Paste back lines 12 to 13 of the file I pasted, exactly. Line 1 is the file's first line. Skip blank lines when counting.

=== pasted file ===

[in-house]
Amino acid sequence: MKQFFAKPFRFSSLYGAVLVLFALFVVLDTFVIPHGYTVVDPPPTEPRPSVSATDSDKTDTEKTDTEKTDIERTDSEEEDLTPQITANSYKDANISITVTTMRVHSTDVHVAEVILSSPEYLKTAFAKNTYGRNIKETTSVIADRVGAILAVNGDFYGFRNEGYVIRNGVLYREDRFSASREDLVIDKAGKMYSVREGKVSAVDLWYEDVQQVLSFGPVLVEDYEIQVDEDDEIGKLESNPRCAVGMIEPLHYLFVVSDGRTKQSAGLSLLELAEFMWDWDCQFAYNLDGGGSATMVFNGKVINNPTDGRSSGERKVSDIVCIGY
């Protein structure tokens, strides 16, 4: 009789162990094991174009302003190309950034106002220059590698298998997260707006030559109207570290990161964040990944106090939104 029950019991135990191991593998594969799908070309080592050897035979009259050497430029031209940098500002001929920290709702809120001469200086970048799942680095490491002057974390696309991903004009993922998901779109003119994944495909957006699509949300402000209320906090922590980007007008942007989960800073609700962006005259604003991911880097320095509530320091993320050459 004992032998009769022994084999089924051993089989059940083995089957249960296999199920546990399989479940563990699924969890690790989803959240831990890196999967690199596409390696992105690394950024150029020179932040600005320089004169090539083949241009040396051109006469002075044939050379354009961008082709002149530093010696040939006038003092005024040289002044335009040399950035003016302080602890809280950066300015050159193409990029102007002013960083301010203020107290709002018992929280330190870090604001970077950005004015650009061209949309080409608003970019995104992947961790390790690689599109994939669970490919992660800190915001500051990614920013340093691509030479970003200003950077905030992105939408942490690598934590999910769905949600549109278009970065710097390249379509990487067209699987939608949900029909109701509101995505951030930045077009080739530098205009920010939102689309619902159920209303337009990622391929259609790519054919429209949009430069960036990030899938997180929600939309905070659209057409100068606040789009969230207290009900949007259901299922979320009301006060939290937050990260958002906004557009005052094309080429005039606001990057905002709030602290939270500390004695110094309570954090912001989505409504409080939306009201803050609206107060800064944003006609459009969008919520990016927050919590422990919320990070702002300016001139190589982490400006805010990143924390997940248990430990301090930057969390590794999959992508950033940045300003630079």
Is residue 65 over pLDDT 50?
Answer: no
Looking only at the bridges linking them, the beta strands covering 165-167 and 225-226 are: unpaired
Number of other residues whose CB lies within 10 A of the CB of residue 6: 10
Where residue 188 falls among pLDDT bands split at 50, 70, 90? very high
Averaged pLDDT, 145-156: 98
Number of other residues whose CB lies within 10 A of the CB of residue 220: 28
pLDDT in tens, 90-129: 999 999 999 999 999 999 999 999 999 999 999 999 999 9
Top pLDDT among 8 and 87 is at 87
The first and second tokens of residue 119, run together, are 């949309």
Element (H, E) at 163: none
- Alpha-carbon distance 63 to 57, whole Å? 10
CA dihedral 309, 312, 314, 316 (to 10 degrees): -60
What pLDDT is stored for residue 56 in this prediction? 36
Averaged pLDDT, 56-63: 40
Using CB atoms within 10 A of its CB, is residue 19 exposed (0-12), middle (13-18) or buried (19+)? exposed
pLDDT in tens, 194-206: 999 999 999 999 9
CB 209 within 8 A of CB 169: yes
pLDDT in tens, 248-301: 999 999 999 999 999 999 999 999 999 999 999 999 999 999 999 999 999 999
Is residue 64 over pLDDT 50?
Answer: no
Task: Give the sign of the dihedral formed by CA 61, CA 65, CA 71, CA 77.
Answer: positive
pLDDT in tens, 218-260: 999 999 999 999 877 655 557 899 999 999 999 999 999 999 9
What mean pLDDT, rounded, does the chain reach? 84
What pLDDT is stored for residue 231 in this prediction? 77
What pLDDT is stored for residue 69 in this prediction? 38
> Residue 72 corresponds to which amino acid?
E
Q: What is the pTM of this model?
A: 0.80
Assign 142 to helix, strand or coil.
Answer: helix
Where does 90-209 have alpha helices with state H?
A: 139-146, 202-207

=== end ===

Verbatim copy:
Top pLDDT among 8 and 87 is at 87
The first and second tokens of residue 119, run together, are 């949309």